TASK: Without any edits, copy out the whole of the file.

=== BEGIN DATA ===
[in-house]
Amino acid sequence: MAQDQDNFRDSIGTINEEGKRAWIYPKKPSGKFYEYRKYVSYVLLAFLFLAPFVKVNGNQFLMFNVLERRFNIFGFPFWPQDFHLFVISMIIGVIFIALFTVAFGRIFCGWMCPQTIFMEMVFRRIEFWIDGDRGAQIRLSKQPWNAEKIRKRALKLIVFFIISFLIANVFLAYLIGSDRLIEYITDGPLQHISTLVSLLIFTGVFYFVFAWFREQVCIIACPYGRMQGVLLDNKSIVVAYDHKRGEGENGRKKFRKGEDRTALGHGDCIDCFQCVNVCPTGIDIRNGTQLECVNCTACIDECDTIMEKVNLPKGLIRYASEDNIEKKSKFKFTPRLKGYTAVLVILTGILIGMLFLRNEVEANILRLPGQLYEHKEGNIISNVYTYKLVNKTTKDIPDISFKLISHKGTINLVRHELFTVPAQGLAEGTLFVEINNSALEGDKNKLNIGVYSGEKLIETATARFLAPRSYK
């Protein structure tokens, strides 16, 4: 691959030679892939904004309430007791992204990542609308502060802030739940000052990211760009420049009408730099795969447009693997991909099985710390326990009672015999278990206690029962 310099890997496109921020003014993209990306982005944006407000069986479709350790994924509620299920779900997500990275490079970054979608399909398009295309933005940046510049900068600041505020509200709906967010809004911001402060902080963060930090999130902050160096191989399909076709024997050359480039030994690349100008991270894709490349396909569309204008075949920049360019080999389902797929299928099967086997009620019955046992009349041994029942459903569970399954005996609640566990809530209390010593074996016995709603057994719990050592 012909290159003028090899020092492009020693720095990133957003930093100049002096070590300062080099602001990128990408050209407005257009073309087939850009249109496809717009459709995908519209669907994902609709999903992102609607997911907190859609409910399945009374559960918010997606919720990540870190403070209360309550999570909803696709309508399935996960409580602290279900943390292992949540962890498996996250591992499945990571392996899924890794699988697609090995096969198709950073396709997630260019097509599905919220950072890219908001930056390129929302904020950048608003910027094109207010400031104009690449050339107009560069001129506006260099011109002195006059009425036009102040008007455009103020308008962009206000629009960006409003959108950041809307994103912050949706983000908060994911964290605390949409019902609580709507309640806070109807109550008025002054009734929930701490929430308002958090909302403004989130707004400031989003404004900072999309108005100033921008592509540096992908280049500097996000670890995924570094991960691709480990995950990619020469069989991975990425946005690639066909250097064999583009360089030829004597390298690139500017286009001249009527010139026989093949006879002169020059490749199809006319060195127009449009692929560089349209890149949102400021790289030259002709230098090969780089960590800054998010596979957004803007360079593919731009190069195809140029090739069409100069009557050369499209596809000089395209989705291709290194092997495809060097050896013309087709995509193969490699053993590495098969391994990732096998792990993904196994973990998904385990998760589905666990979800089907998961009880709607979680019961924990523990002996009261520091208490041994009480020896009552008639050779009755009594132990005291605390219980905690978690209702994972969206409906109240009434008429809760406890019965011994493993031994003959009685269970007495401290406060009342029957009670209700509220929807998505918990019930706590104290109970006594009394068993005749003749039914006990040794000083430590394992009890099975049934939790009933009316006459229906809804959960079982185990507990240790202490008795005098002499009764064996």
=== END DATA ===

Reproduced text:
[in-house]
Amino acid sequence: MAQDQDNFRDSIGTINEEGKRAWIYPKKPSGKFYEYRKYVSYVLLAFLFLAPFVKVNGNQFLMFNVLERRFNIFGFPFWPQDFHLFVISMIIGVIFIALFTVAFGRIFCGWMCPQTIFMEMVFRRIEFWIDGDRGAQIRLSKQPWNAEKIRKRALKLIVFFIISFLIANVFLAYLIGSDRLIEYITDGPLQHISTLVSLLIFTGVFYFVFAWFREQVCIIACPYGRMQGVLLDNKSIVVAYDHKRGEGENGRKKFRKGEDRTALGHGDCIDCFQCVNVCPTGIDIRNGTQLECVNCTACIDECDTIMEKVNLPKGLIRYASEDNIEKKSKFKFTPRLKGYTAVLVILTGILIGMLFLRNEVEANILRLPGQLYEHKEGNIISNVYTYKLVNKTTKDIPDISFKLISHKGTINLVRHELFTVPAQGLAEGTLFVEINNSALEGDKNKLNIGVYSGEKLIETATARFLAPRSYK
């Protein structure tokens, strides 16, 4: 691959030679892939904004309430007791992204990542609308502060802030739940000052990211760009420049009408730099795969447009693997991909099985710390326990009672015999278990206690029962 310099890997496109921020003014993209990306982005944006407000069986479709350790994924509620299920779900997500990275490079970054979608399909398009295309933005940046510049900068600041505020509200709906967010809004911001402060902080963060930090999130902050160096191989399909076709024997050359480039030994690349100008991270894709490349396909569309204008075949920049360019080999389902797929299928099967086997009620019955046992009349041994029942459903569970399954005996609640566990809530209390010593074996016995709603057994719990050592 012909290159003028090899020092492009020693720095990133957003930093100049002096070590300062080099602001990128990408050209407005257009073309087939850009249109496809717009459709995908519209669907994902609709999903992102609607997911907190859609409910399945009374559960918010997606919720990540870190403070209360309550999570909803696709309508399935996960409580602290279900943390292992949540962890498996996250591992499945990571392996899924890794699988697609090995096969198709950073396709997630260019097509599905919220950072890219908001930056390129929302904020950048608003910027094109207010400031104009690449050339107009560069001129506006260099011109002195006059009425036009102040008007455009103020308008962009206000629009960006409003959108950041809307994103912050949706983000908060994911964290605390949409019902609580709507309640806070109807109550008025002054009734929930701490929430308002958090909302403004989130707004400031989003404004900072999309108005100033921008592509540096992908280049500097996000670890995924570094991960691709480990995950990619020469069989991975990425946005690639066909250097064999583009360089030829004597390298690139500017286009001249009527010139026989093949006879002169020059490749199809006319060195127009449009692929560089349209890149949102400021790289030259002709230098090969780089960590800054998010596979957004803007360079593919731009190069195809140029090739069409100069009557050369499209596809000089395209989705291709290194092997495809060097050896013309087709995509193969490699053993590495098969391994990732096998792990993904196994973990998904385990998760589905666990979800089907998961009880709607979680019961924990523990002996009261520091208490041994009480020896009552008639050779009755009594132990005291605390219980905690978690209702994972969206409906109240009434008429809760406890019965011994493993031994003959009685269970007495401290406060009342029957009670209700509220929807998505918990019930706590104290109970006594009394068993005749003749039914006990040794000083430590394992009890099975049934939790009933009316006459229906809804959960079982185990507990240790202490008795005098002499009764064996």